03 January 2018
We built ‘emu bush’ with the vision of creating a sustainable retirement lifestyle—an eco-home constructed from a shipping container and mud brick, all off the grid and solar powered.
Six months after moving into emu bush, I began to notice chest pain, and that I was getting out of breath easily. Amid all the planning and building, I hadn’t found the time to get on my bike as much as I used to, but I thought perhaps I was just unfit.
After my GP saw the results of my blood tests, he said it was a wonder I was still standing—my haemoglobin was that low. Over the next few weeks I underwent blood transfusions, a bone marrow biopsy, scans, X-rays and seemingly infinite blood tests.
The hardest part for me was the unknown—waiting around for a diagnosis and prognosis.
When I did receive the diagnosis of chronic lymphocytic leukaemia (CLL), I was determined to kick it. I didn’t really ever think that it was something that would kill me in the short term.
A friend suggested that I stay at Cancer Council SA Lodge—Greenhill while I underwent my first round of what would be six months of chemotherapy. That’s three full days every month, for six months. It would have been an impossible commute every day from emu bush, 160km away.
Despite the obvious trepidation, I found the chemotherapy experience a very positive one. Each morning I was taken to the Royal Adelaide Hospital by shuttle bus, which is completely volunteer run. I could focus on what I was going through, rather than looking for and paying for parking. Everyone who looked after me at the hospital was able to answer my questions, and I found Cancer Council SA’s pamphlets and brochures so helpful to navigate what I was going through.
Returning home to emu bush was such a beautiful feeling. Pauline and I had discussed whether it was the right thing to do considering the circumstances, but as soon as we came home we knew that this was our place to be ourselves. After being in a hospital for three days, the peace, quiet, and total disconnect from everything was such a welcome sigh of relief. We were also totally isolated from infection, but still had access to a fantastic country GP twice a week.
To keep myself busy in those days immediately following that first treatment, I naturally turned to working on the property. I laid the foundations for an art studio which would also house guests who came to stay, before moving on to the 2,000 mud bricks, joinery and floor tiles, all made from recycled materials. Once we had this space, we began to host workshops that would allow us to share our knowledge and lifestyle with others who wanted to learn.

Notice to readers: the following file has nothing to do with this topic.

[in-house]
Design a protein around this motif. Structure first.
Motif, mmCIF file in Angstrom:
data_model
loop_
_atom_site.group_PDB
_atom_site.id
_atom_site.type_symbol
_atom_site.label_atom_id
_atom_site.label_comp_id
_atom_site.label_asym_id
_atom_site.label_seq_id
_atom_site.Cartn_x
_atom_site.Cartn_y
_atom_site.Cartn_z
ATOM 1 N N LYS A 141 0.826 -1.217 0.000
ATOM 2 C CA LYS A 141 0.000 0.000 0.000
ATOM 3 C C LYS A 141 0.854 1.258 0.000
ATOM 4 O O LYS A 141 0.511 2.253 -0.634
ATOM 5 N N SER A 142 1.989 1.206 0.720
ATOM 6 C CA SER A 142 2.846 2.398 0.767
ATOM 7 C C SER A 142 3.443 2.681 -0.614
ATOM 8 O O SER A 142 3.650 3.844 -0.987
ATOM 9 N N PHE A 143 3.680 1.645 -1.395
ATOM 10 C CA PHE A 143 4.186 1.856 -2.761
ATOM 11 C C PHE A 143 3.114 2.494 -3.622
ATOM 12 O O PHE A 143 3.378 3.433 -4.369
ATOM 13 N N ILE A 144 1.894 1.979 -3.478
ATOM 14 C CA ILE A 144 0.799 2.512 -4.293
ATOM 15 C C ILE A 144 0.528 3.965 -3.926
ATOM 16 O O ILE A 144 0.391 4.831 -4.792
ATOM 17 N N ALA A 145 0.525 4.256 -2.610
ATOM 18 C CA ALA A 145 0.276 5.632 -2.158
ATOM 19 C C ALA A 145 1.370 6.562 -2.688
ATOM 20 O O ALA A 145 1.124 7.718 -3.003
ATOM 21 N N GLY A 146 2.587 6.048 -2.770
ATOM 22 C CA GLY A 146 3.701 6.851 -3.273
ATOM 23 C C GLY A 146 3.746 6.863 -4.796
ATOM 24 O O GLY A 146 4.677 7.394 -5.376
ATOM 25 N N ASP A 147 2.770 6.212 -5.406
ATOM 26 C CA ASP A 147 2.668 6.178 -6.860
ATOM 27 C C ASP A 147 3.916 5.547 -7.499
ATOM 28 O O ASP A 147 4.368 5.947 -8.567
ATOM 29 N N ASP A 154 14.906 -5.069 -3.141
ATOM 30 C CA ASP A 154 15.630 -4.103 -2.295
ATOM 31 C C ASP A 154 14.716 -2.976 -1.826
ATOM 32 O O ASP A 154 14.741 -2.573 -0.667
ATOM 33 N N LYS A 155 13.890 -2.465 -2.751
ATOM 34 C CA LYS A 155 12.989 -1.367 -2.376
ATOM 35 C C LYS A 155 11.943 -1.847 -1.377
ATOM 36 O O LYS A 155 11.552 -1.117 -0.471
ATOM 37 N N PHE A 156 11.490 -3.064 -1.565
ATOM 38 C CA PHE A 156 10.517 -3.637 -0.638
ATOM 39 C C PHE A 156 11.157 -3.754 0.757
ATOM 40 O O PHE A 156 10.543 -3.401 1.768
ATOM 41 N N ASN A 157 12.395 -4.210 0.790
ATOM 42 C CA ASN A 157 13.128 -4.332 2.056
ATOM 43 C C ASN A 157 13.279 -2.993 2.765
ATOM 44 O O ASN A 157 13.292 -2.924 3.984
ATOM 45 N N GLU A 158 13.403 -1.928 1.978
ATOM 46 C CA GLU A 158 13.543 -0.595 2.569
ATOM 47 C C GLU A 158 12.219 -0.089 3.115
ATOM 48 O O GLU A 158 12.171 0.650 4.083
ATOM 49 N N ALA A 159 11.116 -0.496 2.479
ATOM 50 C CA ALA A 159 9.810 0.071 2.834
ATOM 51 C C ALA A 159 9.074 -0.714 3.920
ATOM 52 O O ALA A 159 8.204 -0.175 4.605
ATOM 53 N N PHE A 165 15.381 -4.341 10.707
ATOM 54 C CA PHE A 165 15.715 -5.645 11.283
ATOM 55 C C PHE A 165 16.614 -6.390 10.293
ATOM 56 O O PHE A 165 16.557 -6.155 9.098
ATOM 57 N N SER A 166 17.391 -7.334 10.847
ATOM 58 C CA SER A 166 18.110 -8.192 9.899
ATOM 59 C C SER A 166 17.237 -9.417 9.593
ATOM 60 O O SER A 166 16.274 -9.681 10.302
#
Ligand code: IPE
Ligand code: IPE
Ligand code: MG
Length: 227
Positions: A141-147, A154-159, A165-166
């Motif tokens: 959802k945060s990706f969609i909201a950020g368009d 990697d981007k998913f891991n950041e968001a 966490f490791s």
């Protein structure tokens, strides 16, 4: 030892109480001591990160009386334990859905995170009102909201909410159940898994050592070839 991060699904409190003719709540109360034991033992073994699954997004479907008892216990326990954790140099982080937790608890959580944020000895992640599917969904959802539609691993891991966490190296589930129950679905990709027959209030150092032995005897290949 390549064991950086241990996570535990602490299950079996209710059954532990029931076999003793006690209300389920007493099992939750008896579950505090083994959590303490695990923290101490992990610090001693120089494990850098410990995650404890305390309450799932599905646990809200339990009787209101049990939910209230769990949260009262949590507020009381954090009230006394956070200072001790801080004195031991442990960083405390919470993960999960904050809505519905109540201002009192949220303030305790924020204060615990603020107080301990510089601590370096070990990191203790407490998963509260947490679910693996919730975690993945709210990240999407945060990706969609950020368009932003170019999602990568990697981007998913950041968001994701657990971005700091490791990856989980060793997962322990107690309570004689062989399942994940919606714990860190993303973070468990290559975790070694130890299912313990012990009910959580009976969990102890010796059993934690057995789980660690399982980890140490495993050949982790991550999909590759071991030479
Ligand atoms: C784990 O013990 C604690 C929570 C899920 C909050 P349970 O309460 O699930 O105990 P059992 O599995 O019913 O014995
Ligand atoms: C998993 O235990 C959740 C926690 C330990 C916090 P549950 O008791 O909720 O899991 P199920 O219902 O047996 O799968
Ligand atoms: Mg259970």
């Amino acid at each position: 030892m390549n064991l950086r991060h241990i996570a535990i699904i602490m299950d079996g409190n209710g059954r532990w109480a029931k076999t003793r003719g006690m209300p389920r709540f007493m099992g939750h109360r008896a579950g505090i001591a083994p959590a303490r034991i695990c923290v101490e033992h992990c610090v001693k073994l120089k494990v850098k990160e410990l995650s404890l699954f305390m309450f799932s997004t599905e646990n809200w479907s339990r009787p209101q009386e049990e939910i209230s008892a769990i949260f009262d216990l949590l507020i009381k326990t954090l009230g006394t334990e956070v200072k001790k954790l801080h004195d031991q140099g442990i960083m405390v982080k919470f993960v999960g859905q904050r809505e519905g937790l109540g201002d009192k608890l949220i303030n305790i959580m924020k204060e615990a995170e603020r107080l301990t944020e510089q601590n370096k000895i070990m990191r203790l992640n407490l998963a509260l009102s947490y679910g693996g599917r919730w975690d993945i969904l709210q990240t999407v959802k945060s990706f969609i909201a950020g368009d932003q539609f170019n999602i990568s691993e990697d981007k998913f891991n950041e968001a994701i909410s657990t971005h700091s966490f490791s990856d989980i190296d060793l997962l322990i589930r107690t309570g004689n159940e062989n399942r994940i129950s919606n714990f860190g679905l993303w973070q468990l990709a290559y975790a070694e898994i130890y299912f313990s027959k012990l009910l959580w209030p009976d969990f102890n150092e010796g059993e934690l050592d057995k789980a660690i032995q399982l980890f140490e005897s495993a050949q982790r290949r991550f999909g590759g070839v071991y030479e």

The experience of being diagnosed with and treated for cancer also inspired me to raise money for Cancer Council SA. Having been a keen recreational cyclist for over 30 years, competing in the Bupa Challenge Tour and The Lake Taupo Challenge to name a few, Ride for a reason was the perfect fit for me. As well as gathering sponsorship for my ride, we hosted fundraisers at emu bush, spreading the word about healthy, sustainable living.
My son, Andrew, is a keen cyclist, much like I used to be. He is coming from New Zealand to ride by my side, just another example of how he has shown me unwavering support throughout my entire journey.
It means a lot to me to be able to give something back while I can in return for all the support and services I have received—and may need again in the future—from Cancer Council SA. While I am currently in remission and feel fit, there is no cure and my CLL will return. My hope is that by raising money for cancer research and treatment, I can be given another chance in the future, and contribute to helping everyone who is going through cancer.
Support Kevin in his mission by donating to his Ride for a reason page, or by registering yourself. If you or someone you know is navigating their cancer journey, call Cancer Council 13 11 20 to receive information, support, and to learn more about the services available.